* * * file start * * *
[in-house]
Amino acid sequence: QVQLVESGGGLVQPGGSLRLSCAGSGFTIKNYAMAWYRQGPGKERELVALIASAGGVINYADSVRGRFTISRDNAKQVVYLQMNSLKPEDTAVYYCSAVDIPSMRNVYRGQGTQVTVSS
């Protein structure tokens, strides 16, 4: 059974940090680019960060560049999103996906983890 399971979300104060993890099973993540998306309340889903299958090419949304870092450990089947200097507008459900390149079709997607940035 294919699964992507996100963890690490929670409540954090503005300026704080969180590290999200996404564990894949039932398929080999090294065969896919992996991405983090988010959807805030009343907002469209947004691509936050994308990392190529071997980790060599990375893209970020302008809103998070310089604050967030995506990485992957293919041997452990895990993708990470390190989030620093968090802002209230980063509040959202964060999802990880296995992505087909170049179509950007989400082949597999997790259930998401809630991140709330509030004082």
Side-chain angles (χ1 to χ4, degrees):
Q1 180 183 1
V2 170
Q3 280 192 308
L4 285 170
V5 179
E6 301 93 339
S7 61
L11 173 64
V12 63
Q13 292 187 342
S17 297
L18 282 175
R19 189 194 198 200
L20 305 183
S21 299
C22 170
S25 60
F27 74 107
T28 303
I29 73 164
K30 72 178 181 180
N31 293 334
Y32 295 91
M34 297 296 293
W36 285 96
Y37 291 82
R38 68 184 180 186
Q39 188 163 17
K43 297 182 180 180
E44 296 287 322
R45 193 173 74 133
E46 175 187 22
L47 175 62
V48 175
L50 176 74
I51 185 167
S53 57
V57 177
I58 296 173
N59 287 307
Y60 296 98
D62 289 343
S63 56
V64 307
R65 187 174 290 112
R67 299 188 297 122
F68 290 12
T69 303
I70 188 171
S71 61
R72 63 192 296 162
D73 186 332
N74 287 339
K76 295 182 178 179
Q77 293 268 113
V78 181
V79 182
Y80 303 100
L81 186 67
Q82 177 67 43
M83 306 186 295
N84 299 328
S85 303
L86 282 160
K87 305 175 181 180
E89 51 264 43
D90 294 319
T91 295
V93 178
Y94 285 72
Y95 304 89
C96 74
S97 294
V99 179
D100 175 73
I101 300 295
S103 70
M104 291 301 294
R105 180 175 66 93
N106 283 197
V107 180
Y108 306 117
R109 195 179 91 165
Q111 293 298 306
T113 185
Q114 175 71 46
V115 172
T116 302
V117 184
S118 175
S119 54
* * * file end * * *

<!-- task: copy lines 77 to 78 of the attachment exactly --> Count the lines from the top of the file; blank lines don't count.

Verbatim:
S97 294
V99 179